in ,

Woman Accidentally Slammed By Hungry Birthday Dinner Guests After ‘Molecular Food’ Party

people taking finger food from tray at party
Peggy Cheung/Getty Images

Parties can have a theme or just be an informal gathering.

Some people love the former, while others just want a simple get together.

A woman who loves putting on themed parties for her birthday discovered her guests were complaining about her elaborate shindigs behind her back.

Unsure if she should have asked her friends what they wanted, she turned to the “Am I The A**hole” (AITA) subReddit for feedback.

SteSolysium asked:

“AITA for not serving a full meal at my birthday party?”

The original poster (OP) explained:

“My husband and I hosted my 29th birthday party yesterday and invited 6 of our friends (3 couples that we consider our core friend group).”

“I had come across the concept of molecular food pairings a few months ago and was really intrigued by the idea.”

“Some of the recommended pairings require expensive ingredients like caviar that I can’t justify buying on an average day but my birthday seemed perfect.”

“So that’s what the theme was—a molecular tasting party.”

“I put together a total of 15 ‘courses’ but they were very small, just a few bites each. There was also a moderate amount of other snacks laid out and cocktails.”

“It was from ~5-730pm. So a pre dinner snack.”

“It was dinner time for us. But it’s not when they eat dinner. When they host or book a table out, they’re 9-9:30pm eaters and I know that’s when they eat on most days.”

“I called it a tasting party in the invitation and gave an overview of what I was serving.”

“My husband and I both had a really good time. We ranked the pairings, had drinks and played card games. I thought everyone else enjoyed themselves too.”

“This afternoon, we got a text that was presumably sent to the wrong group chat that said, ‘can we just be honest and say that the whole thing was weird? She’s like this every year. The rest of us just go out, how has she not gotten the idea yet? It’s rude’.”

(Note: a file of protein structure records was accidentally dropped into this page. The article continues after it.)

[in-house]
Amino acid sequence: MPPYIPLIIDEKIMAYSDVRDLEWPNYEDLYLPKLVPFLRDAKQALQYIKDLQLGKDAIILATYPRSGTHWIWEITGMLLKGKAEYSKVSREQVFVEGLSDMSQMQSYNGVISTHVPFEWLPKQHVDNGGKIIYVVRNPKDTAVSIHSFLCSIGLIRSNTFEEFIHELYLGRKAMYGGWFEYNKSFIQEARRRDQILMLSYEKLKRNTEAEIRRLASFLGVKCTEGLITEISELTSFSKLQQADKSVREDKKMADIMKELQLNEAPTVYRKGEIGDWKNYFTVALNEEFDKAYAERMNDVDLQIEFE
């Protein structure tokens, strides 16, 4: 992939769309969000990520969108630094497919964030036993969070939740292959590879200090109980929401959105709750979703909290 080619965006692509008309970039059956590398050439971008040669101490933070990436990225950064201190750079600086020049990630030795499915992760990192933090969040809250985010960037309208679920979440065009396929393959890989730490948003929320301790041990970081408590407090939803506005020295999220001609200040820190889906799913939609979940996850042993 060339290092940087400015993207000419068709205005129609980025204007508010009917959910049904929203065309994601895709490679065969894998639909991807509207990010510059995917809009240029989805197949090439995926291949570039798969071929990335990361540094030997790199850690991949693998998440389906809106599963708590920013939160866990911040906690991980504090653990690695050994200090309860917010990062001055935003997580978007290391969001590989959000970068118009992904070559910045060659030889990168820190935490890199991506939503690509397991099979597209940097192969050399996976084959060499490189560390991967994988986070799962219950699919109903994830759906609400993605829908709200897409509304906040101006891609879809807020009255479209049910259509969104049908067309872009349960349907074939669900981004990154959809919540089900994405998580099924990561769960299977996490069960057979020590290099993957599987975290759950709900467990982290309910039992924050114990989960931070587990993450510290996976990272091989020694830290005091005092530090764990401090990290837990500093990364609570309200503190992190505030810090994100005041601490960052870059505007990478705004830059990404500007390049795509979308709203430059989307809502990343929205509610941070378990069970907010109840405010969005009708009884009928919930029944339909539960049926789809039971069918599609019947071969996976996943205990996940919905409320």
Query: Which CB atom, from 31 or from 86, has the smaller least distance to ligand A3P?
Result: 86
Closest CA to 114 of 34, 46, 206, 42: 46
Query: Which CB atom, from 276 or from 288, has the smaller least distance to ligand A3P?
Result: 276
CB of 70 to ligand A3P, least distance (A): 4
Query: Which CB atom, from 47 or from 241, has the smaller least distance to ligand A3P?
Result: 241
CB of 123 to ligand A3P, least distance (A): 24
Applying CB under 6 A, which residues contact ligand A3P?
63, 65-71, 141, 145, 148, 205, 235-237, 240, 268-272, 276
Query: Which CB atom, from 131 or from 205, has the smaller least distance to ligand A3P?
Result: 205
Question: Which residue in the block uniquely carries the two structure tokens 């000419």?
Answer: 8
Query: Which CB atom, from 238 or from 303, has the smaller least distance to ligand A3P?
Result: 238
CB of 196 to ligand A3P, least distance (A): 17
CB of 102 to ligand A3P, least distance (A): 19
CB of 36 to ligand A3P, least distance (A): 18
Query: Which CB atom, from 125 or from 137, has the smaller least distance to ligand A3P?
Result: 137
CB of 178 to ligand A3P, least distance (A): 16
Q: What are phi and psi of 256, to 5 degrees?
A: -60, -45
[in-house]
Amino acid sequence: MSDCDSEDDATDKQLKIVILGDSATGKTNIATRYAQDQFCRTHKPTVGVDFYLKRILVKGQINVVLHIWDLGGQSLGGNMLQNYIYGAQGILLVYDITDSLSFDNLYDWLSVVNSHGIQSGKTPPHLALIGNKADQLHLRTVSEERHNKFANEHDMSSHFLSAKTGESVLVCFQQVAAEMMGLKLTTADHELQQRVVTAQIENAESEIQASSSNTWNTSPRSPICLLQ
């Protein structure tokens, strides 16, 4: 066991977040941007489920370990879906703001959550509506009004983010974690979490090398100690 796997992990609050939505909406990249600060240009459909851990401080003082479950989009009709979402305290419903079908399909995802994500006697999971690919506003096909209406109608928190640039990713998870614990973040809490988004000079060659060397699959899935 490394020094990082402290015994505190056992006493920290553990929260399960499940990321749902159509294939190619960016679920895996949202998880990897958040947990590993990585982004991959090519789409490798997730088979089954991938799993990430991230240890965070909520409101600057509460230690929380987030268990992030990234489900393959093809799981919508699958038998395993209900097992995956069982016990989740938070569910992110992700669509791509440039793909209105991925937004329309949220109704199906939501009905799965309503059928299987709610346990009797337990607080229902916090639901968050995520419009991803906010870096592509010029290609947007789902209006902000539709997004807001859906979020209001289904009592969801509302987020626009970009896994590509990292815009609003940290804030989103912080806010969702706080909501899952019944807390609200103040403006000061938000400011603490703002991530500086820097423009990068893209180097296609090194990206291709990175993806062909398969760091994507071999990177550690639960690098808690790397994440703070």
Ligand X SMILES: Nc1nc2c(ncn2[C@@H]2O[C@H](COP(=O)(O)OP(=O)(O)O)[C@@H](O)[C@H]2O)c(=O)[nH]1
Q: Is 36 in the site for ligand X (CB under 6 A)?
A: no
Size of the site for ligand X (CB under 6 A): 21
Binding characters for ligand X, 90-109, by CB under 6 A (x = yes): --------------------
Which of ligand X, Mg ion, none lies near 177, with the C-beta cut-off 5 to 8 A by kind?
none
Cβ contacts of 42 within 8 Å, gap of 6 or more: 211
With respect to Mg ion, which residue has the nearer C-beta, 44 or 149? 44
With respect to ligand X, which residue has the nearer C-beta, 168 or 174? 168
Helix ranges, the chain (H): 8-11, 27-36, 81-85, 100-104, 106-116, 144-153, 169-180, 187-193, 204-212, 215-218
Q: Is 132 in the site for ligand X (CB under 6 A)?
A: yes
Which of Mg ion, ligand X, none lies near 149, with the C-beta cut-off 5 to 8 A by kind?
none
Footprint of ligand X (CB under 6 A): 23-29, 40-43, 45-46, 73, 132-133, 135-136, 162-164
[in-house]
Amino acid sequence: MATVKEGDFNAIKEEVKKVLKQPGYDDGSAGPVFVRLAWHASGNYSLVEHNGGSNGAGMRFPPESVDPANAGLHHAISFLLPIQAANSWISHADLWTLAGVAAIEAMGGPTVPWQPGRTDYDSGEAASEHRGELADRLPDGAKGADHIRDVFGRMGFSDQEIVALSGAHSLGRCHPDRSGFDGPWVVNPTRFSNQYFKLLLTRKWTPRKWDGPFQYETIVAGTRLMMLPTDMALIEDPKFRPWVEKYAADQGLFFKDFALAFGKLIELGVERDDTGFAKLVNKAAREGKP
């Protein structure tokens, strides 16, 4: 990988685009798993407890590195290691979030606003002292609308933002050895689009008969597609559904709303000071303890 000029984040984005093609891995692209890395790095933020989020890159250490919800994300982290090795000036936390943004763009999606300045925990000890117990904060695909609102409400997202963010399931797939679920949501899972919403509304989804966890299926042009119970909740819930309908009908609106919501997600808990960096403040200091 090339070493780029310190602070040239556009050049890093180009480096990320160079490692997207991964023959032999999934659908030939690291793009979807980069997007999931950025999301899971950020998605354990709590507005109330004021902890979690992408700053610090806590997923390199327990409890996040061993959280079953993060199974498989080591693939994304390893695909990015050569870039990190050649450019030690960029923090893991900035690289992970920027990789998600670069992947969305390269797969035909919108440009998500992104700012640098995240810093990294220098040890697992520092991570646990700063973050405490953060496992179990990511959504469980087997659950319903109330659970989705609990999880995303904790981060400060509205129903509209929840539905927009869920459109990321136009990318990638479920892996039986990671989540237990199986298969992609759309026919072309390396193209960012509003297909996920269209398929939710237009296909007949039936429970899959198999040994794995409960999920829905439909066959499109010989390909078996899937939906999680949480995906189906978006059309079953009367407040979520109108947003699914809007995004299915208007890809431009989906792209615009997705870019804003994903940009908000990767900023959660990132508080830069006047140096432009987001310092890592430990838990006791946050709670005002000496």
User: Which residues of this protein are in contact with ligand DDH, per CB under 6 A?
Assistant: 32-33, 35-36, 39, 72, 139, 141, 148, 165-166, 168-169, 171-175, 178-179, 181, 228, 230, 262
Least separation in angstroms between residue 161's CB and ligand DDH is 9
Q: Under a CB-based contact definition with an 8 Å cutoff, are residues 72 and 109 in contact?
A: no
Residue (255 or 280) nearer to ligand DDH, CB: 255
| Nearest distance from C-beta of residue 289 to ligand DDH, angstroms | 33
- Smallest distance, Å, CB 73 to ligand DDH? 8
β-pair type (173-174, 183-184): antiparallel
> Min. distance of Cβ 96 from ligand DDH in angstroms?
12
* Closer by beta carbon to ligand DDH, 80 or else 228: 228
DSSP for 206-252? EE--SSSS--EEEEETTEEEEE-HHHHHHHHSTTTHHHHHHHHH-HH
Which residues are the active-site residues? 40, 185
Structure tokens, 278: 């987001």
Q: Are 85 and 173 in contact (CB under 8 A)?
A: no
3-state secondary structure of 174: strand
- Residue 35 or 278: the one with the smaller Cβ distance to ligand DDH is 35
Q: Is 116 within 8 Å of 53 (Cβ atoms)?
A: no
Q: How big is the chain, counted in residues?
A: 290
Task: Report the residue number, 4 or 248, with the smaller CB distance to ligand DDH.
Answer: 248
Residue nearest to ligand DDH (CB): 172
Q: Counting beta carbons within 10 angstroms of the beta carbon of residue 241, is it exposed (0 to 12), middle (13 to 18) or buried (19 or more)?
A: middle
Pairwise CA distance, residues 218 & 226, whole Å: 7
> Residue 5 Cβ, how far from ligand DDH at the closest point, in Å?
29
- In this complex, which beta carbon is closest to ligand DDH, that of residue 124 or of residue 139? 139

“Another person replied, ‘at least last year she made an actual meal. I’m mad I even brought a gift’.”

“I sent ‘WTF??’ back and the whole chat has been silent since.”

“I don’t know what to think.”

“Last year I ordered one of those elaborate murder mystery box games and decorated the whole downstairs of the house to suit the theme. It was a 1920s gangster box so I tried to make dinner fit into that but it was a pretty normal meal.”

“2021 was basically just Friendsgiving because we were still trying to limit gatherings so we just rolled it together.”

“2020 was just me and my husband.”

“2019 was held early as a combination Halloween/birthday party that was ‘fever dream dinner party’ themed. I made a lot of non edible ‘food’ (based on the horror show 50-70s era American cookbooks) out of clay and jello but ordered pizzas for food.”

“It took like 2 months to prep for but it really felt like a fever dream. That was a big party with a lot more guests and people still talk about it so I think that one was probably the best.”

“It really hurt my feelings and I don’t even feel like they like me at all if they talk about me like that but also… if I’m making people feel like they’re forced to participate in things they think are weird, that’s a selfish thing to do too and maybe they’re right.”

The OP summed up their situation.

“I haven’t considered the preferences of my guests when planning parties and I didn’t pick up on their unhappiness.”

Redditors weighed in by declaring:

  • NTA – Not The A**hole
  • YTA – You’re The A**hole
  • NAH – No A**holes Here
  • ESH – Everyone Sucks Here

The vast majority of Redditors thought the OP was not the a**hole (NTA) but their friends were.

“NTA and I think for your birthday, you got the gift of learning these people aren’t your friends. If they were actual friends, they would have had a conversation about how ‘you are like this every year’ rather than just shit talk you behind your back.”

“Going forward, with a new group of friends, if you do something not ‘main stream’, I would say, hey I’m fascinated by the idea of XYZ. My husband and I want to host this, would you be interested in coming?”

“This way, if they don’t, you two still get to do this, but also expectations will be set that people know they are coming to something unusual.”

“I was invited to a ‘blind’ eating experience. I’m claustrophobic and have a very specific and deadly food allergy, so I said no and said why.” ~ LowBalance4404

“NTA. Your Friends are. Not for not liking what you did on your birthday.”

“But they could just have politely said that they weren’t totally into such kind of food. But apparently they acted normal and then started talking sh!t behind your back.”